As intimidating as they look, and as fierce as they are on the hunt, Argentine Dogos are just as friendly and loyal in the home. Selective breeding for hunting is what prevents this breed from showing aggressiveness towards people and other dogs. The function of running with pursuing dogs and hunting in a cooperative group was the main driver of its development.
American Foxhound: It was the dog of choice for George Washington, and he is often credited as the father of the breed. Developed in Maryland and Virginia (Washington’s pioneer territory) for hunting foxes, these dogs are perhaps the best breed for hunting deer.
For this type of big game, you need a tall, lean, energetic dog with plenty of stamina, a good nose, and a passion for hunting. That is the essence of the American Foxhound. They allow for dealing with other dogs and can put reluctant deer on their feet, and keep them moving better than many other popular breeds, such as the shorter-legged Beagle. Unlike other hounds, these hunting dogs are “runners” and love the chase much more than the end result of the hunt.
Plott Hound: This hound is a dog dedicated from its origin to hunting big boar and bears. When chasing black bears in their own habitat, you will need a dog that is smart, strong, gritty, and capable of finding old scents and tracking them.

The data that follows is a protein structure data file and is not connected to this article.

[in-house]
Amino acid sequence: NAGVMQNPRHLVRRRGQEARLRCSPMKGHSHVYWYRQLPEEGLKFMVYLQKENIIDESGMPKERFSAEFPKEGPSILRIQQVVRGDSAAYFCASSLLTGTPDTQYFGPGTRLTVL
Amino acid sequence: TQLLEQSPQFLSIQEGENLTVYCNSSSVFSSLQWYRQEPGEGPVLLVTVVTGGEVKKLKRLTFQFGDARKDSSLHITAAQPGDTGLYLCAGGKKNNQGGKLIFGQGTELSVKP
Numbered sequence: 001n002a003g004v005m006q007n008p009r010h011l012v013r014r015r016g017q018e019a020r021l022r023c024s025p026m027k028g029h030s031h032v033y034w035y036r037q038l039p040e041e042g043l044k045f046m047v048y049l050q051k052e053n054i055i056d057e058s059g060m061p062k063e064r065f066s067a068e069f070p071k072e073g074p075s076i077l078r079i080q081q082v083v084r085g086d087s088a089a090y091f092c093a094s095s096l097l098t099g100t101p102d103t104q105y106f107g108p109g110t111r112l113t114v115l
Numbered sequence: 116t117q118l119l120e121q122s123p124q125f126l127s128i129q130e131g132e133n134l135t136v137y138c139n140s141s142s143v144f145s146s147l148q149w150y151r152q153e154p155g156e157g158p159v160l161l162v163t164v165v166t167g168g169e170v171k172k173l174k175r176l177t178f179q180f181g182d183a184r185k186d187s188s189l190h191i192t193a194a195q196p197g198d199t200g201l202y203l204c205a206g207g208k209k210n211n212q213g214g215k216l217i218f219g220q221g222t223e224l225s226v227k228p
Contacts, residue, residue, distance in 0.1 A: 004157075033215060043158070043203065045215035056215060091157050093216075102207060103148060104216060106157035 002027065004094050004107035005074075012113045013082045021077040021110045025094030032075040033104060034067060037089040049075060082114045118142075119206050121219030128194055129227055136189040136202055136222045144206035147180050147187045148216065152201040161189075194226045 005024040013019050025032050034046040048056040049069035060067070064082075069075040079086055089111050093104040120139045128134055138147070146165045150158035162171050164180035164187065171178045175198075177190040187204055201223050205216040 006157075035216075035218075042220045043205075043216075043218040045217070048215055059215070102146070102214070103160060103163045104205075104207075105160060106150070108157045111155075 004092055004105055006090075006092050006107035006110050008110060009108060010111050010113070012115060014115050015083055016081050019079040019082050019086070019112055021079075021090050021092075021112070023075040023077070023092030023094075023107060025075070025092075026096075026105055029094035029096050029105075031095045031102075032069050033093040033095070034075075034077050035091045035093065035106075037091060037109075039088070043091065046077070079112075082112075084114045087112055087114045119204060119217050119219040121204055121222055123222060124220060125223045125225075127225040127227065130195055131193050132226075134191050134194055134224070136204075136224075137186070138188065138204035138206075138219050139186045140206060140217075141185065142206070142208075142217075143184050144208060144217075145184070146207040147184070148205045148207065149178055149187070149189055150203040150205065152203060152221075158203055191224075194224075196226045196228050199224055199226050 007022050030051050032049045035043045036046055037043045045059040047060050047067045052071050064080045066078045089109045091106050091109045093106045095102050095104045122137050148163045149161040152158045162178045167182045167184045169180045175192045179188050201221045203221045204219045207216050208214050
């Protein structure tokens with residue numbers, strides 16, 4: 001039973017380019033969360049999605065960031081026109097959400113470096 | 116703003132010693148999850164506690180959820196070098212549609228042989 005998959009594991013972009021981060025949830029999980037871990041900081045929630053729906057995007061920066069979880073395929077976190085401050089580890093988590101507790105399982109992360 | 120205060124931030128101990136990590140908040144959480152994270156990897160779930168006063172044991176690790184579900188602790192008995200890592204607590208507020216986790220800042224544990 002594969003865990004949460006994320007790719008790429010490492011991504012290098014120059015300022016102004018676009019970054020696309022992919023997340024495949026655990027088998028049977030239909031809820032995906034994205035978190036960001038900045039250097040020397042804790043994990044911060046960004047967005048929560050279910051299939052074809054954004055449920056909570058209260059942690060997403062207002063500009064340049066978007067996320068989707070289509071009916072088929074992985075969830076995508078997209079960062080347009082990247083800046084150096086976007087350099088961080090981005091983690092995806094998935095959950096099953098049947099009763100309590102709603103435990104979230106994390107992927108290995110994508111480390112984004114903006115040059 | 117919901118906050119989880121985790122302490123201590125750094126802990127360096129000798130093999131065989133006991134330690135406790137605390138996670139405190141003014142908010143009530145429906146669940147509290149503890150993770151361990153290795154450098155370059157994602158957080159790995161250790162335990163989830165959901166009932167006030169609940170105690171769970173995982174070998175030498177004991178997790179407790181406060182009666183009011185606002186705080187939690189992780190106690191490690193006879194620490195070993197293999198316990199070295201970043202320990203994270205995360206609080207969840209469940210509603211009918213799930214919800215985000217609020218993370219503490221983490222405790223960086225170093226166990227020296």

The Plott Dog is the perfect dog to do that. They are muscular, athletic, and tenacious. Their short, agitated barks when chasing allow the hunter to follow their direction but without affecting their ability to pursue. These hunting dogs are animals that can find smelly bear tracks and track them up wooded hills.
They will fight and herd a black bear in a pack or even alone (although it is not advisable to do this). They are descendants of large German dogs that were brought to the New World in 1750 and used for hunting wild boar. Plotts were developed in the United States, in North Carolina, by the Plott family, who still live in the area and breed dogs to this day.
Plotts only received recognition from the American Kennel Club in 2006, despite their long and well-documented ancestry. But for hunting dog breeds and big game hunters, recognition from a “board of directors” is less important than performance in the field, as it should be.